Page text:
What is a life insurance annuity?

While most life insurance policies pay out the insured's death benefit in a lump sum, some insurers provide beneficiaries with the option to receive their payout as an annuity, or in payments over time. Life insurance annuities, or installments, allow the unpaid death benefit to earn interest until it's fully paid out, and they allow for a steady stream of income for the beneficiary. A life insurance annuity is different from a life annuity, which is a retirement tool that pays out under certain qualifying events to the designated annuitant.

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How life insurance annuities work

While technically different from a life annuity investment product, a life insurance annuity involves converting a beneficiary's payout to a life annuity so it can be paid out over time and the remaining death benefit can continue earning interest. Once converted, the insurer can pay out the benefit incrementally as agreed upon with the beneficiary — for a set period until the payout is complete or until the beneficiary passes away.

Selecting a longer timeframe for your life insurance annuity can result in more earned interest and thus a higher overall payout. Beneficiaries don't have to pay the insurer if they choose the life insurance annuity payout option, but the interest earned during the annuity period might be subject to income tax. Consult with a tax professional to understand the tax implications of your particular circumstances.

What's the difference between life annuities vs. life insurance annuities?

A life insurance annuity is not the same as a life annuity, though insurance companies may offer both. A life annuity, also known as a lifetime annuity, is a retirement investment product you can purchase, either all at once or in separate installments over time.

A life annuity earns interest for a set timeframe or until certain conditions are met and then starts paying out to the annuitant (the annuity owner). The annuitant may be you as the person who purchased the annuity, or someone else you've designated, depending on the specific annuity product you have.

A life insurance annuity is a payout method that may be offered to the beneficiaries of a life insurance policy.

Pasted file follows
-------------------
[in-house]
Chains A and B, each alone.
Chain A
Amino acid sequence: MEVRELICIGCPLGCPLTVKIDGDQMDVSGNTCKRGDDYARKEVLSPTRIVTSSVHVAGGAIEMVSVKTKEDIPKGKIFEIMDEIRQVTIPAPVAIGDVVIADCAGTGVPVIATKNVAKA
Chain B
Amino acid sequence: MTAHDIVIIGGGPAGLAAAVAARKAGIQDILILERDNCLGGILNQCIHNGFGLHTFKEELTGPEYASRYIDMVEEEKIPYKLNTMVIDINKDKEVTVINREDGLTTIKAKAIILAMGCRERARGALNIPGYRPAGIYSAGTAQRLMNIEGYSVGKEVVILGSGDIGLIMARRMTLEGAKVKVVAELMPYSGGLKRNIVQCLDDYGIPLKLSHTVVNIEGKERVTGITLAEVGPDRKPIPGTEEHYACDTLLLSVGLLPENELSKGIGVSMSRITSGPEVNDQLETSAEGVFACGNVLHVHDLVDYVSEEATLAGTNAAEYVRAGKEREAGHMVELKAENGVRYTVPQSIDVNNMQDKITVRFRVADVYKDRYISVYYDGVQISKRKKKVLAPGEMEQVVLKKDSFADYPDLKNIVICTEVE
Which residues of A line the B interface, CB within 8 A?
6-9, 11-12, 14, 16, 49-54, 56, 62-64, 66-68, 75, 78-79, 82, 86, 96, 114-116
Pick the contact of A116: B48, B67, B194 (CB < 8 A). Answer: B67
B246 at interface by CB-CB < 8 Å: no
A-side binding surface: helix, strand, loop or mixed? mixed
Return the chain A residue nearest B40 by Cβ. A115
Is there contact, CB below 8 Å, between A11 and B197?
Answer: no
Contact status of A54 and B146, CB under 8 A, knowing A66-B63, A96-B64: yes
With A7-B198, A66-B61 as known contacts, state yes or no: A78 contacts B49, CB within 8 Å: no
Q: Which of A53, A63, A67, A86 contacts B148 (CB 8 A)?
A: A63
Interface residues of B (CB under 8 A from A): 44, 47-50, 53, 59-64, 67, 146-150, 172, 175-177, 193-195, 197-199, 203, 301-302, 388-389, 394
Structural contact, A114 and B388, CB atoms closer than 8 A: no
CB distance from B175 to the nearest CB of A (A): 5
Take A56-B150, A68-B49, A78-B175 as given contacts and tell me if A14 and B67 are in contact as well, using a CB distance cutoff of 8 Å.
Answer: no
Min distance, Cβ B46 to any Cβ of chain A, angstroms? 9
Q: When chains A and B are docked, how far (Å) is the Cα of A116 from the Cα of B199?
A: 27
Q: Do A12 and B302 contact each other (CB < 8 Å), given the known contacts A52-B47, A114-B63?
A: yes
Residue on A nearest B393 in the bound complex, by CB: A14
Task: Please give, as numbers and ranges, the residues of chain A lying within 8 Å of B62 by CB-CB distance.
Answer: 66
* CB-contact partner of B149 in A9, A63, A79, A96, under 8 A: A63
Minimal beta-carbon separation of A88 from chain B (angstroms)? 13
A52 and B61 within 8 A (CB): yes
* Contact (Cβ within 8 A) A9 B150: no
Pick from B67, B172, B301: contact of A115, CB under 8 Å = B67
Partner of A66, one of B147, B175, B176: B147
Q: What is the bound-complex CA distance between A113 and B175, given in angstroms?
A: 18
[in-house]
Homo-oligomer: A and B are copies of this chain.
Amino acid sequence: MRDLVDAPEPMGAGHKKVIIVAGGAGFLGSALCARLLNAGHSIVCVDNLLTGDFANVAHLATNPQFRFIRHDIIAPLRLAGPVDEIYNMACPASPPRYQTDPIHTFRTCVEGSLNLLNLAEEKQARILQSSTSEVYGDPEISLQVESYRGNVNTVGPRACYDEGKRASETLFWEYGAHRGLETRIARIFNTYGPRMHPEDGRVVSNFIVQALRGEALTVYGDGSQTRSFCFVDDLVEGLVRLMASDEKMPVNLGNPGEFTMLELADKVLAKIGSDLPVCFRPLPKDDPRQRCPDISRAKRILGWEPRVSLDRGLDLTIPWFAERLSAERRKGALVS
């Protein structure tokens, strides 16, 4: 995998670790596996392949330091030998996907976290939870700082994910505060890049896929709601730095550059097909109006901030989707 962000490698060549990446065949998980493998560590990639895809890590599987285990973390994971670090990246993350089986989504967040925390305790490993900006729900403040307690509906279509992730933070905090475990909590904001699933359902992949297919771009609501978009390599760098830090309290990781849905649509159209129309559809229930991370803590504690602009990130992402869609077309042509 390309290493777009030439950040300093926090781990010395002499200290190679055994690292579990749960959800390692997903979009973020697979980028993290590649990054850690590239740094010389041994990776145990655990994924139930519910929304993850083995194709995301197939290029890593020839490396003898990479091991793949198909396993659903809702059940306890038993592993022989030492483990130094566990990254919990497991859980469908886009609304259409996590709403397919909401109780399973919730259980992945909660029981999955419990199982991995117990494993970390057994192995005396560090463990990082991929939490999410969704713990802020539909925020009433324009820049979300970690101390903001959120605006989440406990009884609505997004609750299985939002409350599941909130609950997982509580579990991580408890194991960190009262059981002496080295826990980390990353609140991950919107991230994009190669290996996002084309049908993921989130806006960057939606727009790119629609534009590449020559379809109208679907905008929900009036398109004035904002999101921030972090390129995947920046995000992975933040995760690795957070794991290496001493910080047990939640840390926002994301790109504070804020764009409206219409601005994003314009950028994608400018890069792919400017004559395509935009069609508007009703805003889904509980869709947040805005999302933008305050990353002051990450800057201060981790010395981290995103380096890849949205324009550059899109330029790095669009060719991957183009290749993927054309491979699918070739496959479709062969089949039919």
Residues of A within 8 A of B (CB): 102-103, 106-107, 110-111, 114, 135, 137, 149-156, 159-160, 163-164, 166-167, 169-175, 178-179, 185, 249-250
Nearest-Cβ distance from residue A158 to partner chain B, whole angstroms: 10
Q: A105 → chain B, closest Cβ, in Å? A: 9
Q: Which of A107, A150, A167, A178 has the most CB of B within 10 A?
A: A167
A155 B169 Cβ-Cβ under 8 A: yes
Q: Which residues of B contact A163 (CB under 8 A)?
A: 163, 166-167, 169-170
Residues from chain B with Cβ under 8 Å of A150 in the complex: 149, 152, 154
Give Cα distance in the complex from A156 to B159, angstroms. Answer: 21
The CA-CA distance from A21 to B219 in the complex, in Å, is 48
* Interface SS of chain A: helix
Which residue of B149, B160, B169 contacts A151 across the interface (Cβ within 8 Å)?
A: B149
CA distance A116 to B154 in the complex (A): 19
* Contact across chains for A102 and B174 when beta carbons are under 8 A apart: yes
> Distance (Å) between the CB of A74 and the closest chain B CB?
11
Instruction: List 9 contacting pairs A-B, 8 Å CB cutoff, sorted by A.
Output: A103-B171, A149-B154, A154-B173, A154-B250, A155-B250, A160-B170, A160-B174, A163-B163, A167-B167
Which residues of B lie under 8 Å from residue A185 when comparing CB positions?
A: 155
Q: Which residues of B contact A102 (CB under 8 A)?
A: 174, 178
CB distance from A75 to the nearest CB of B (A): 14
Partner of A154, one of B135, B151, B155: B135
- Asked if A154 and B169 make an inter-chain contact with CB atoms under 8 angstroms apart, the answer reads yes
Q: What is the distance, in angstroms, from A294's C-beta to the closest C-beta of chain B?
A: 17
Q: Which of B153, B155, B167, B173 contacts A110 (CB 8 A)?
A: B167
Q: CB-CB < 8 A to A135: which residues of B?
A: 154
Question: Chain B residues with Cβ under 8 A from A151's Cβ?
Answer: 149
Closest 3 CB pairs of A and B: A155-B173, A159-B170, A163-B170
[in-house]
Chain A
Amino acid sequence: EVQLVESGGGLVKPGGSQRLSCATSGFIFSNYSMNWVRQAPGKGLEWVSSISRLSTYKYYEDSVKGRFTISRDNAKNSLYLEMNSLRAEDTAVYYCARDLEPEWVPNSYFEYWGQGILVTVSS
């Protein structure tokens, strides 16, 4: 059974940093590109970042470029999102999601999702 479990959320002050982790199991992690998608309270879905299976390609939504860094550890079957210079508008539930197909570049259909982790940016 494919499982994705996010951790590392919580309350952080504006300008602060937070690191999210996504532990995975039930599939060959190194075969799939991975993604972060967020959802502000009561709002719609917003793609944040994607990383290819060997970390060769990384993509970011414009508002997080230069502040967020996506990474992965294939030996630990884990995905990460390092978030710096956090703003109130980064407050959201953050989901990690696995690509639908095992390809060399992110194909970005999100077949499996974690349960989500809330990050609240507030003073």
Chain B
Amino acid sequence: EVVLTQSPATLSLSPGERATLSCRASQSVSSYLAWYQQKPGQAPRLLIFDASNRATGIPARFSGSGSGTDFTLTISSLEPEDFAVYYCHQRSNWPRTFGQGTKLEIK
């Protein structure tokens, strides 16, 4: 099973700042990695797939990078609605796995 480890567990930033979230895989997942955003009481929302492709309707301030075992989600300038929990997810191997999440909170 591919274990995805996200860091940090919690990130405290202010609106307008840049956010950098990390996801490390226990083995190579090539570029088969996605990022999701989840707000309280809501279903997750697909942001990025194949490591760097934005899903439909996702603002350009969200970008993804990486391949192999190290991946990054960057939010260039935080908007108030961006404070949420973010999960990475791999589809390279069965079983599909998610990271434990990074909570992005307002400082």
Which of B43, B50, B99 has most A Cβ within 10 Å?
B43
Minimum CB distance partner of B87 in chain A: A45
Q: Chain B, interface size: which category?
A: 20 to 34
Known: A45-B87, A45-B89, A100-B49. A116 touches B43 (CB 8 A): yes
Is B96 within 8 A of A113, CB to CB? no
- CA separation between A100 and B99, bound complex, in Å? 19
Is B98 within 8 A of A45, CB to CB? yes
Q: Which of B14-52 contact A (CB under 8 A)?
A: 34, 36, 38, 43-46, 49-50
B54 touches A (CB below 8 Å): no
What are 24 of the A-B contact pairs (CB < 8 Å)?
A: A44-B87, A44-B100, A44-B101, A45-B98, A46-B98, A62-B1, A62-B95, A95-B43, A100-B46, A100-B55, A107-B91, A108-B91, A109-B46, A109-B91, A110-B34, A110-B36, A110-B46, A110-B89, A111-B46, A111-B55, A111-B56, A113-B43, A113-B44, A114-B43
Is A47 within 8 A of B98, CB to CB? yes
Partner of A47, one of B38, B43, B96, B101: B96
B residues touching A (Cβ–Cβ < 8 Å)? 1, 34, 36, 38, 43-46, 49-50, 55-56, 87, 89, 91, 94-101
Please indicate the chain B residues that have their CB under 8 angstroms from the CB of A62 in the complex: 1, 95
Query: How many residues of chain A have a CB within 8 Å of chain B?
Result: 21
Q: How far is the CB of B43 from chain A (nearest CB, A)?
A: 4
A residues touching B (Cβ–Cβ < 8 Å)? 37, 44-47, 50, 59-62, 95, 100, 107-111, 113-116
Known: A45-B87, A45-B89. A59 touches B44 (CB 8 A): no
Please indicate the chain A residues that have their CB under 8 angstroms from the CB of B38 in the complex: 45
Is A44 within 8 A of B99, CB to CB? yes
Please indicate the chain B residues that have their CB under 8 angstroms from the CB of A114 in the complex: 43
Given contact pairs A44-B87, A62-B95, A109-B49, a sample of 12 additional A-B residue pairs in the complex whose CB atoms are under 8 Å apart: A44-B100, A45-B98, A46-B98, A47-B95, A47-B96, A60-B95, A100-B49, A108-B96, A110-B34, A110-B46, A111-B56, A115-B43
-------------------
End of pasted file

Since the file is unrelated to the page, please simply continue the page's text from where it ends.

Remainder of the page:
Life annuity vs. life insurance annuityLife annuity Life insurance annuity
Purpose Life annuity Provides income to the annuity owner, usually at retirement Life insurance annuityProvides funds to the policy's beneficiaries
When it pays outLife annuity Once the annuity owner decides to start receiving paymentsLife insurance annuityOnce the insured passes away
Who receives the benefitLife annuity The annuity owner or a selected beneficiary (if desired)Life insurance annuityThe named beneficiaries on the policy

Should life insurance beneficiaries choose the annuity option?

Life insurance annuities aren't available in all situations, so when you file a claim for a death benefit, ask about your payout options. Receiving a lump sum can make it possible to pay for burial expenses and estate costs, or other large financial needs you might have coming up. A lump sum payout can also be invested, allowing you to earn interest on your benefit with potentially more lucrative options than an annuity payout.

However, if you're not prepared to invest and manage a large lump sum payout, receiving a series of payments via annuity can make it easier to budget while still earning interest at a fixed rate. Again, a tax or financial advisor can help you with this decision.

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Please note: The above is meant as general information to help you understand the different aspects of insurance. Read our editorial standards for Answers content. This information is not an insurance policy, does not refer to any specific insurance policy, and does not modify any provisions, limitations, or exclusions expressly stated in any insurance policy. Descriptions of all coverages and other features are necessarily brief; in order to fully understand the coverages and other features of a specific insurance policy, we encourage you to read the applicable policy and/or speak to an insurance representative. Coverages and other features vary between insurers, vary by state, and are not available in all states. Whether an accident or other loss is covered is subject to the terms and conditions of the actual insurance policy or policies involved in the claim. References to average or typical premiums, amounts of losses, deductibles, costs of coverages/repair, etc., are illustrative and may not apply to your situation. We are not responsible for the content of any third-party sites linked from this page.